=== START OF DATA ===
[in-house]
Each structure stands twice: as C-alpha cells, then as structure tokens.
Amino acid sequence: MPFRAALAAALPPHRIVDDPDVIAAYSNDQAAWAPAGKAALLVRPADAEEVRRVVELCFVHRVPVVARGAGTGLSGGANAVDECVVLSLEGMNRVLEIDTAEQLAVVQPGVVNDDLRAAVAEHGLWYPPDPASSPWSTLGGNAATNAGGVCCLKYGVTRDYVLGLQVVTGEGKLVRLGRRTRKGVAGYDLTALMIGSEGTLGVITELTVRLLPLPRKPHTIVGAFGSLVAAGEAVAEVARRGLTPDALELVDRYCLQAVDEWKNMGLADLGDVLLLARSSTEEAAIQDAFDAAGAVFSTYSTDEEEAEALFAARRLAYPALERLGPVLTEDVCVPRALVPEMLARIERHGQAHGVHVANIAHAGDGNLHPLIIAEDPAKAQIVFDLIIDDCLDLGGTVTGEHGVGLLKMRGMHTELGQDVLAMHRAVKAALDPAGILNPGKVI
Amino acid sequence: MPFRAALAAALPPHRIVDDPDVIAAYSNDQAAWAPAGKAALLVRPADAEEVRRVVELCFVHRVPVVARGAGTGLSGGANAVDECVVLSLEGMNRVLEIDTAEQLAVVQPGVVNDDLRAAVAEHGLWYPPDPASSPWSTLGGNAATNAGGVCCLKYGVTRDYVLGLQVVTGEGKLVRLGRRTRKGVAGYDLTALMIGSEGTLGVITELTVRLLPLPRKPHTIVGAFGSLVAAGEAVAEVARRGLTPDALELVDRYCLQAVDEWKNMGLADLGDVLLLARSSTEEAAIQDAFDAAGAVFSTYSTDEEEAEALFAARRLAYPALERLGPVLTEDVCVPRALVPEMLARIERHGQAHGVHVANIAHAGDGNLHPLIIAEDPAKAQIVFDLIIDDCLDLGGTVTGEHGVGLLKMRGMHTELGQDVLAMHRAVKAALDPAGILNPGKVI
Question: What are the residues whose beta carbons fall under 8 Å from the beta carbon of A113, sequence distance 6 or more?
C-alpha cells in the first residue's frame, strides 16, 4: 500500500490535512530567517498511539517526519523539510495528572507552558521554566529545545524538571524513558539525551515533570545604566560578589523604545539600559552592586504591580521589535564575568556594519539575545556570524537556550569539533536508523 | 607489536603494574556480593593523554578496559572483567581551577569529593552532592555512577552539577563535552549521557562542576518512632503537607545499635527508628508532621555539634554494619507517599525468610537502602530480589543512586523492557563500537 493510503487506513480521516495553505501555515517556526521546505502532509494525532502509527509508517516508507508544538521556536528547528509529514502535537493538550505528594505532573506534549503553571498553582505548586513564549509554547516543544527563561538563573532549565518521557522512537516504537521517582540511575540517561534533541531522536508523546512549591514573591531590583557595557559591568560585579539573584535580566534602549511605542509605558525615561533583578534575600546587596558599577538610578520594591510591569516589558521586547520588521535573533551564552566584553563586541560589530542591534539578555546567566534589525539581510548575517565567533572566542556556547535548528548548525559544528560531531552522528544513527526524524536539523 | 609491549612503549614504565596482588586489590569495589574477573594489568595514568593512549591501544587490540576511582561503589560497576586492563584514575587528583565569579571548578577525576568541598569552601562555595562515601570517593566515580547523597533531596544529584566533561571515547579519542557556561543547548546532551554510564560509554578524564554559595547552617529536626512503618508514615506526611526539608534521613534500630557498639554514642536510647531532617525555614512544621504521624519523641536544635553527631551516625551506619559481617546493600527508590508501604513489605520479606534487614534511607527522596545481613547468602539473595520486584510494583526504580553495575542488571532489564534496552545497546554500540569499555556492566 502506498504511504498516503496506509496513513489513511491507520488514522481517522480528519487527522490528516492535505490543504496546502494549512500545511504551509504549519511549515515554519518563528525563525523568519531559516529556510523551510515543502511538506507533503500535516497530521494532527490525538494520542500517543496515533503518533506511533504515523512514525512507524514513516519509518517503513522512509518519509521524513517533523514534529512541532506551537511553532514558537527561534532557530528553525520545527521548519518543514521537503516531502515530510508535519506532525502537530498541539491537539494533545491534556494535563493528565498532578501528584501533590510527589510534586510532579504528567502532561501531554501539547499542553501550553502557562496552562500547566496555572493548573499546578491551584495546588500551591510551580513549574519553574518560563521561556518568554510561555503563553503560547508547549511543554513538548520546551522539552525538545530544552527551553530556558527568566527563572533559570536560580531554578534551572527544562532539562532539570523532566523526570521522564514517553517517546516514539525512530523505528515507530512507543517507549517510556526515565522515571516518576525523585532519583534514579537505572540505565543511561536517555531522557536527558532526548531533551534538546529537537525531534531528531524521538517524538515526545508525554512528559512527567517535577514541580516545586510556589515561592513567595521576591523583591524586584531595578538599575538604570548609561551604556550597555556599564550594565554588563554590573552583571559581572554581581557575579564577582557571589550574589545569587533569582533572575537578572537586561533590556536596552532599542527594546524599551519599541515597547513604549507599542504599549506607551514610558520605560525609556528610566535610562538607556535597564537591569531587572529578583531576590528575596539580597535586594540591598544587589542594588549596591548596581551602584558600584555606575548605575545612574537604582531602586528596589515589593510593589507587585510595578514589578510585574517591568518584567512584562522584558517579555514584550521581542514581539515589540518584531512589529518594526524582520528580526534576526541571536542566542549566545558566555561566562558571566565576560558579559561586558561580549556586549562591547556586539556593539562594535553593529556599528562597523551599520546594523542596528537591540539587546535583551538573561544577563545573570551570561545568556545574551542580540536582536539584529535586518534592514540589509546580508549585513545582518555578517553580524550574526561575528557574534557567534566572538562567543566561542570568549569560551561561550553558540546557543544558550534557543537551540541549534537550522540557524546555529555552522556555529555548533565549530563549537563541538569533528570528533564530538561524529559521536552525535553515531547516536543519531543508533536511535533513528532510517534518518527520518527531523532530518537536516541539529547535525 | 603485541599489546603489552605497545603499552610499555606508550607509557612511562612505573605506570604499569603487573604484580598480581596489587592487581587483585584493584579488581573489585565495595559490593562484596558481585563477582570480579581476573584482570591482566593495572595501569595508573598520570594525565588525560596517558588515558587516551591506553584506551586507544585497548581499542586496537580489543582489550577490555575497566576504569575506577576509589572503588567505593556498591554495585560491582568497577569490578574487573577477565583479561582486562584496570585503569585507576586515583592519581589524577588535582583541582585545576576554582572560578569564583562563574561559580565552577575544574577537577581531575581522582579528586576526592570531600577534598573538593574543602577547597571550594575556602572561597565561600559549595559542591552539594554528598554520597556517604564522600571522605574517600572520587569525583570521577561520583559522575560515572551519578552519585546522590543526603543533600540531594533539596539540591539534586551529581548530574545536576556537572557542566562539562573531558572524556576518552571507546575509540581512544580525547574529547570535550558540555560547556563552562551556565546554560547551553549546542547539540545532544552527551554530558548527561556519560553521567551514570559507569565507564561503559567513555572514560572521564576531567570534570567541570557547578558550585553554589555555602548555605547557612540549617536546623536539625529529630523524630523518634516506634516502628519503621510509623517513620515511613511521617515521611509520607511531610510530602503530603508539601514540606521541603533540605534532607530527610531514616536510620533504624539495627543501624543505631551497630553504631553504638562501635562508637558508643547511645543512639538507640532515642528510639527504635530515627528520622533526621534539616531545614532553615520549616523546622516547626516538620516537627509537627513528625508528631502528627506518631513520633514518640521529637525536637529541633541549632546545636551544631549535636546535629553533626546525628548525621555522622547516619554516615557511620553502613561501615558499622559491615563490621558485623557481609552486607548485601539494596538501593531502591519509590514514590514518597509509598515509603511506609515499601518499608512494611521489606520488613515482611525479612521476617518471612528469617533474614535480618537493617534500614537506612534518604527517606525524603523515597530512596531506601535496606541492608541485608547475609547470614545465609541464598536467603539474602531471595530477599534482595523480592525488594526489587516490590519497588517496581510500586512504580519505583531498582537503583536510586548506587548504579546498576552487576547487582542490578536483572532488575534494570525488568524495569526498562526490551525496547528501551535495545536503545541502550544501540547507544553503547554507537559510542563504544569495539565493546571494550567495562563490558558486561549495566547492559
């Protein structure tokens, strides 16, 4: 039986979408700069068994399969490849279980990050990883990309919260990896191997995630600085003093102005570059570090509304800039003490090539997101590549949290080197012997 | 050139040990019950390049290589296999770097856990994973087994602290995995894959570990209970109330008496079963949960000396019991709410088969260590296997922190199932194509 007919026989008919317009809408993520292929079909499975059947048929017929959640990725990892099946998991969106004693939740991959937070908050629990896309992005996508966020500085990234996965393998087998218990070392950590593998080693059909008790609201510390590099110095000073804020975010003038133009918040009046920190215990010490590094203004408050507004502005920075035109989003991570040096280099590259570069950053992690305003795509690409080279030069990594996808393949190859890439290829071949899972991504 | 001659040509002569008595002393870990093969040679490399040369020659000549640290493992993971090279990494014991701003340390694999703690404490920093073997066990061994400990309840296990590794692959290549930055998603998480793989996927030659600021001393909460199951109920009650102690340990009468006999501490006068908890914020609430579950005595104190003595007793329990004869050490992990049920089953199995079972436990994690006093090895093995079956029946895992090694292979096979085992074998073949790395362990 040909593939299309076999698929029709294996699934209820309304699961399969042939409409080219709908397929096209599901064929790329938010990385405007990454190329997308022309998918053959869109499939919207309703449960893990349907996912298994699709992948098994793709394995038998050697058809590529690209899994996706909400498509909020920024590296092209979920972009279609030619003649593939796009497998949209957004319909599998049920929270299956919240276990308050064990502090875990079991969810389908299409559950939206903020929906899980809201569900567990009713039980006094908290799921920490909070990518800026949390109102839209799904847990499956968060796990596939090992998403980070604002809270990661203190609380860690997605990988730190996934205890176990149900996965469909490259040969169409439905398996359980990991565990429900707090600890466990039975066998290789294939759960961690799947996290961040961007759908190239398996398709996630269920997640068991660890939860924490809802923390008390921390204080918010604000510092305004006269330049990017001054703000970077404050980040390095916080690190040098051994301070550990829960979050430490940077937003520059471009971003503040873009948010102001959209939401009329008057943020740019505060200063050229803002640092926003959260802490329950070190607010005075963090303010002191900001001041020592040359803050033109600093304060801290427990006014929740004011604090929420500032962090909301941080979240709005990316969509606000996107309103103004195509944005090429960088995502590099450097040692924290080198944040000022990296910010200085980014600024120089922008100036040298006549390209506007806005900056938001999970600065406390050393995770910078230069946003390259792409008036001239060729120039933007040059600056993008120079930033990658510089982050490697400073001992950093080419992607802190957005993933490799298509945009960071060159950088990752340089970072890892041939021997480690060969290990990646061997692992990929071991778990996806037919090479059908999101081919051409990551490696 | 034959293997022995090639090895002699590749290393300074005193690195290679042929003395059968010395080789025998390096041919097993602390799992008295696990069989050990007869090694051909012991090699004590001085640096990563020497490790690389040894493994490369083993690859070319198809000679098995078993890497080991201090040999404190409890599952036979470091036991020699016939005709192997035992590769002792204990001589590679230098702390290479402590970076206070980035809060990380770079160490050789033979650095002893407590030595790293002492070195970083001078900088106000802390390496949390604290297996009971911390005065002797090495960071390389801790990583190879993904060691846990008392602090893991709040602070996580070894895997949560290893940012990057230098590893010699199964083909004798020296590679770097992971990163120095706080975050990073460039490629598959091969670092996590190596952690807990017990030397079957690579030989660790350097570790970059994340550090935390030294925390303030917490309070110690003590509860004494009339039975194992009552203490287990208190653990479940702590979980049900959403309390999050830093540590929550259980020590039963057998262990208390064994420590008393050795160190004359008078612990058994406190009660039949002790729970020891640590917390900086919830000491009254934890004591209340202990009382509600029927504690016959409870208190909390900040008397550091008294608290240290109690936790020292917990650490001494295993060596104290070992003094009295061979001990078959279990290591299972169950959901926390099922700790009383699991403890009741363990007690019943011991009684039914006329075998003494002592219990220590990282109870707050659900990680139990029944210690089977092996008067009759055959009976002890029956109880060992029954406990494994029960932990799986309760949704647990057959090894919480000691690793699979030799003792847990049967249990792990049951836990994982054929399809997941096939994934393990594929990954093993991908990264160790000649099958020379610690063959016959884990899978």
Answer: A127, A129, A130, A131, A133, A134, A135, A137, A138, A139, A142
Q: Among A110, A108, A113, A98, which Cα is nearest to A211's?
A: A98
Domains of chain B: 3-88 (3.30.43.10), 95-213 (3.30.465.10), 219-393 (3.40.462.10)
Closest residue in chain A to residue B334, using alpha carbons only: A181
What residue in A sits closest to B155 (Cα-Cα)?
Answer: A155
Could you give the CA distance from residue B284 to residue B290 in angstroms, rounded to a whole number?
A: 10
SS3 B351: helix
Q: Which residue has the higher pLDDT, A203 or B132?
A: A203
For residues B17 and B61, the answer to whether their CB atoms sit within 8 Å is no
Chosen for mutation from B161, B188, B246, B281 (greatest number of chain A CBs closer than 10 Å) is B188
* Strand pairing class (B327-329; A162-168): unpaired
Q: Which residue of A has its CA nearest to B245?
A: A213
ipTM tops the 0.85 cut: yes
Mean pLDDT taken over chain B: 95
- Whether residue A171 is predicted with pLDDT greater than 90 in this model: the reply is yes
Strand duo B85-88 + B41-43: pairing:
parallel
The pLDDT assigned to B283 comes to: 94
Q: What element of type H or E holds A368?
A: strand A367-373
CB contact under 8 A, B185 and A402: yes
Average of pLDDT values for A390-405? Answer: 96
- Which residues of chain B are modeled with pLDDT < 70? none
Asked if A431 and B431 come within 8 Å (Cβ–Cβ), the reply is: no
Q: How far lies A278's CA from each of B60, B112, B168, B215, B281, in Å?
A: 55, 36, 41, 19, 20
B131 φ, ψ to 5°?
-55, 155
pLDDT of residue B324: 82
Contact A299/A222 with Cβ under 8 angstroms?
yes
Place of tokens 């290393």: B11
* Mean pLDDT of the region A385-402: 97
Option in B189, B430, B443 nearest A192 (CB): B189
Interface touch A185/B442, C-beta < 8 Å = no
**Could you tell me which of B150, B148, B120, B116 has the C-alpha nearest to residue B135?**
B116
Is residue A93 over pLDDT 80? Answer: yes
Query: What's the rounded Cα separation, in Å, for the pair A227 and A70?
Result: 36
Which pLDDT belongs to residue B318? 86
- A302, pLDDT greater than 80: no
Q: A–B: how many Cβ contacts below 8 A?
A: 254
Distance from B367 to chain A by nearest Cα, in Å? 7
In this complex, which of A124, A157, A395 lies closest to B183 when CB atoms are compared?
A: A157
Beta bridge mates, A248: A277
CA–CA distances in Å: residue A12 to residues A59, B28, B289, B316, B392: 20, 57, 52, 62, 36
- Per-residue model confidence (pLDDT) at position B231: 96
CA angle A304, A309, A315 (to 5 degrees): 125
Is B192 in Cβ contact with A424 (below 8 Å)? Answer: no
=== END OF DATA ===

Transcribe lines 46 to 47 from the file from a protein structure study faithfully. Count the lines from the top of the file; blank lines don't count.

Option in B189, B430, B443 nearest A192 (CB): B189
Interface touch A185/B442, C-beta < 8 Å = no